My Elements piece is thus far my most popular piece of writing and has proven valuable to myself and others so I would like to expand on more recent painting breakthroughs. In mid-2013, I painted a piece called “Glorianna” for the new Starstruck volume (which I am currently hard at work painting). Here are some of the lessons I realized in this painting:
I’d started with no expectation of making a finished piece right away (see the video on Creativity by John Cleese). In my insanely busy work life (yes, I once did 1000 pieces one year and this year I’ve completed one Small God a day for 365 pieces in the past 365 days), that is itself shocking.
Don’t Jump at the First “Success”:
I’d done a quick sketch of Verloona first (the obvious bad [and vain] girl pin-up of the Starstruck characters), but rather than finish it, I thought I’d try another subject – the character I am the most simpatico with: Glorianna. I thought to set her up as a tall/thin Nouveau Mucha piece, with nods to John R. Neill.
Go With It:
But when the piece started to come together as a Pre-Raphaelite instead, I did the smart thing (for a change). I let it.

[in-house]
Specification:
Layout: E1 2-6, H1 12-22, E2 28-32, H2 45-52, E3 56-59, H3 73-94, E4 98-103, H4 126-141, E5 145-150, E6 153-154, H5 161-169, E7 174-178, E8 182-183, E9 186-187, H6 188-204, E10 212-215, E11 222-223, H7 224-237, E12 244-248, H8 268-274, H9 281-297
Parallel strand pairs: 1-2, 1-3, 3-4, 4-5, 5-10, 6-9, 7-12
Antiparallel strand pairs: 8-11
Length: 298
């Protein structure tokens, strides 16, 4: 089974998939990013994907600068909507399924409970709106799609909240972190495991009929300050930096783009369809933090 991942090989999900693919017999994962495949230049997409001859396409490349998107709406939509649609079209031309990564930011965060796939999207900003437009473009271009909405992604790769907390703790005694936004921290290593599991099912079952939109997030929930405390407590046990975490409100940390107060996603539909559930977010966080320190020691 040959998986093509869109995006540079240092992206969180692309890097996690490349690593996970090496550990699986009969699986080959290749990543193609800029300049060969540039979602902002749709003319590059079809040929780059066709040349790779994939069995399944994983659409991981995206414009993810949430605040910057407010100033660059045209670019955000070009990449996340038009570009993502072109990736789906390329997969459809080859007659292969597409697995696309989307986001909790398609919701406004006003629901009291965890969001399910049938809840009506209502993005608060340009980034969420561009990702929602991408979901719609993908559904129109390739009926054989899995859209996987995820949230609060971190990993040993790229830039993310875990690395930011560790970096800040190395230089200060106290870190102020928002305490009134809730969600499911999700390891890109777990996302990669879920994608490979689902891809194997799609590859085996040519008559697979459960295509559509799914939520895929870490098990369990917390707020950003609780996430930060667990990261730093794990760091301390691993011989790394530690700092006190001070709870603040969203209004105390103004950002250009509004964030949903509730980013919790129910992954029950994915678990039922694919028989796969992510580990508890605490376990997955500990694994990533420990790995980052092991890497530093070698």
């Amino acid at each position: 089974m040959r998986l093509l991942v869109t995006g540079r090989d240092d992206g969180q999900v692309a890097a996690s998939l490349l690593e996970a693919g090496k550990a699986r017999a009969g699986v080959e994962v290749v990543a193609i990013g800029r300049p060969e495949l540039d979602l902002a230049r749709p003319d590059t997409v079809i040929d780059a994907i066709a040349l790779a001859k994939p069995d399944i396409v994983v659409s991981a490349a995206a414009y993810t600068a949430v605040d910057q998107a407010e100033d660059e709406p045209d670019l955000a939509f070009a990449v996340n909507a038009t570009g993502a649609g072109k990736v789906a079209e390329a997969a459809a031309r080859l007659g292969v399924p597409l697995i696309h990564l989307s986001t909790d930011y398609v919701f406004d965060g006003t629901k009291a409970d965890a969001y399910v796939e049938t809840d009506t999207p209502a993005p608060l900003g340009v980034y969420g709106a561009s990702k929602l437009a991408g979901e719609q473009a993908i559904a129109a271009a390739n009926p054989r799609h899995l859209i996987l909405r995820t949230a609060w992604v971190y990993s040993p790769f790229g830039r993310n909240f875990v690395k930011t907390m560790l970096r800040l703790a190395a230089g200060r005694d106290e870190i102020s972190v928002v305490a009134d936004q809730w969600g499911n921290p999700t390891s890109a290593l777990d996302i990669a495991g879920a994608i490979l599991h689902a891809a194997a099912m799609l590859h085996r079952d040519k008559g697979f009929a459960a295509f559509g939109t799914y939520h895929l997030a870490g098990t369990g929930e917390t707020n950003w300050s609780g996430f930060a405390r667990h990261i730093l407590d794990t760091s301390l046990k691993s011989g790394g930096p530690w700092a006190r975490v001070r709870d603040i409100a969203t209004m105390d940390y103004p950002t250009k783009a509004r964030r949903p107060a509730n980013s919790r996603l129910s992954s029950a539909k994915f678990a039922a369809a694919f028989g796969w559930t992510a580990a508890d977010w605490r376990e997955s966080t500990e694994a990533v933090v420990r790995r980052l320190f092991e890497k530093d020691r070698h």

Send Roughs/ Get Input:
I sent a rough (I historically hate rough work and try never to show it) to Starstruck’s author Elaine Lee for her thoughts about moving it to finish. She found it agreeable, and I asked her for information so the background could become something other than a generic clearing in generic trees.
Do More Roughs:
Originally she was standing on the same plane as the background. Through the process of fixing her back arm, and making a working background I made many permutations until I could choose the very best versions.
Don’t Get Attached:
Historically it’s not the reference that I’ve found hardest to shake- rather it’s fidelity to the details of the character, milieu or environment. In this case, it wasn’t so hard for me to riff on Michael Kaluta’s wonderful character design. In part because, unlike most comic characters (and animated characters), she’s a real person who wears more than a single set of jammies. And having discussed the background with Elaine, I knew I was drawing something outside the extant range of the comic. So a sigh of relief there.
I’ve been doing this professionally for more than 30 years, and until this month, I’ve never felt secure in my work. Ever. But after a lot of introspection, I’ve stripped down my paintbrushes and gotten serious about not being a control freak. Yes, there are still some small details to hone (her Krystal necklace is important), but leave well enough alone! This piece took less than 2 full workdays – and that alone could be cause for my next point:
Be Happy with Happy:
This sounds a bit ridiculous, but I find artists too seldom spend time enjoying their successes.
But I am delighted with this piece and what it means to me. So there. :p